Multiple IBC Solar Vulnerabilities

Tuesday, September 22, 2015 @ 06:09 PM gHale


There are three vulnerabilities, including a disclosure of applications source code, plain text passwords, and cross site scripting (XSS), in IBC Solar products, according to a report on ICS-CERT.

IBC Solar has not produced a patch to mitigate these remotely exploitable vulnerabilities discovered by independent researcher Maxim Rupp.

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The following products suffer from the issue:
• IBC Solar ServeMaster TLP+
• Danfoss TLX Pro+

Exploitation of the vulnerabilities can cause an attacker to get the source code of executable scripts, view passwords in plain text, and the ability to inject malicious code.

IBC Solar is a Germany-based photovoltaics specialist, offering products for sunlight-generated power. IBC Solar maintains offices in several countries around the world, including the UK, Netherlands, Italy, India, France, Czech Republic, China, Japan, Portugal Austria, Romania, Malaysia, Turkey, Spain, and Poland.

The affected products, ServeMaster TLP+ and Danfoss TLX Pro+, are web-based SCADA systems. According to IBC Solar, ServeMaster TLP+ and Danfoss TLX Pro+ see action across the energy sector. IBC Solar estimates that these products see use primarily in Europe and Asia.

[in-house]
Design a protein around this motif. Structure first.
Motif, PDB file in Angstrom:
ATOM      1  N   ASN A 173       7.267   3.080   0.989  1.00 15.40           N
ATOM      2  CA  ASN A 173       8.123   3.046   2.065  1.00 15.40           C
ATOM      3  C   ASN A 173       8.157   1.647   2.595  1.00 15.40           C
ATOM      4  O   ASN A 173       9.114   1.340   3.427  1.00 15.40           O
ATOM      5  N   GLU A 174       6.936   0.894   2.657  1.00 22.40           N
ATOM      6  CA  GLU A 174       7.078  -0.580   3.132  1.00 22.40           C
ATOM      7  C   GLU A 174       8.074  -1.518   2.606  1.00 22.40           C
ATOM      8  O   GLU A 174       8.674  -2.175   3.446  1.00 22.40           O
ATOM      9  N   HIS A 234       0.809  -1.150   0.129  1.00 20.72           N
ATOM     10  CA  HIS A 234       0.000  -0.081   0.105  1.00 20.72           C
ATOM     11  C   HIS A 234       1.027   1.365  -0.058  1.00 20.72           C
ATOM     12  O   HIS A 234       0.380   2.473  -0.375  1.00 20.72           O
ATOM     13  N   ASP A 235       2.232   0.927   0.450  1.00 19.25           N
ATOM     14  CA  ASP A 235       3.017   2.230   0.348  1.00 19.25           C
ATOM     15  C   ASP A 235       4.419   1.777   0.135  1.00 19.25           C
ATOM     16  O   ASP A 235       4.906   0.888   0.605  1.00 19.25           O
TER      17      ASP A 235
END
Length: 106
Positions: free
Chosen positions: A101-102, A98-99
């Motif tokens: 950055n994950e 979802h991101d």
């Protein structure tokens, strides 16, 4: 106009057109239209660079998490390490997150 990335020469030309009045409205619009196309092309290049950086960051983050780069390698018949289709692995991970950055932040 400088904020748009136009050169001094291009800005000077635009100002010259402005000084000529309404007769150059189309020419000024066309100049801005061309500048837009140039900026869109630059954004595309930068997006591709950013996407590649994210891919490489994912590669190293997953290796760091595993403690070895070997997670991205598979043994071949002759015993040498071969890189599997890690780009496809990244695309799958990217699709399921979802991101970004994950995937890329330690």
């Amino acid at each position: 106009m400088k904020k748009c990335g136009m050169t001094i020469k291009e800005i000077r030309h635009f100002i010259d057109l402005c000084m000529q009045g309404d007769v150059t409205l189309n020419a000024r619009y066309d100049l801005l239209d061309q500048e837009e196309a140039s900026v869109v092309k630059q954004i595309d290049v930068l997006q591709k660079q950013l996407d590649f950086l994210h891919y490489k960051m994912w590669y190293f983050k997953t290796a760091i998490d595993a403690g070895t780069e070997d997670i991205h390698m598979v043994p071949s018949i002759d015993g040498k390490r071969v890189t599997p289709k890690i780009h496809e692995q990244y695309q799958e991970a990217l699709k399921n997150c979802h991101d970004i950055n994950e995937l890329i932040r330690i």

Because of incorrect settings of the interpreter, the attacker can get the source code of executable scripts.

CVE-2015-6469 is the case number assigned to this vulnerability, which has a CVSS v3 base score of 7.5.

At viewing, the page source attacker is able to view passwords in plain text.

CVE-2015-6474 is the case number assigned to this vulnerability, which has a CVSS v2 base score of 9.1.

In this application, there are an infinite number of XSS.

CVE-2015-6475 is the case number assigned to this vulnerability, which has a CVSS v3 base score of 9.8.

No known public exploits specifically target these vulnerabilities. Crafting a working exploit for these vulnerabilities would not be difficult. An attacker with a low skill would be able to exploit these vulnerabilities.

Right now the mitigation for the source code issue is to upgrade to a source that prevents disclosure.

The same with the plaintext password; upgrade to a source that does not store passwords in plaintext.

For cross-site scripting, Never insert untrusted data except in allowed location.

Additional steps are available in the pdf available from the NSA.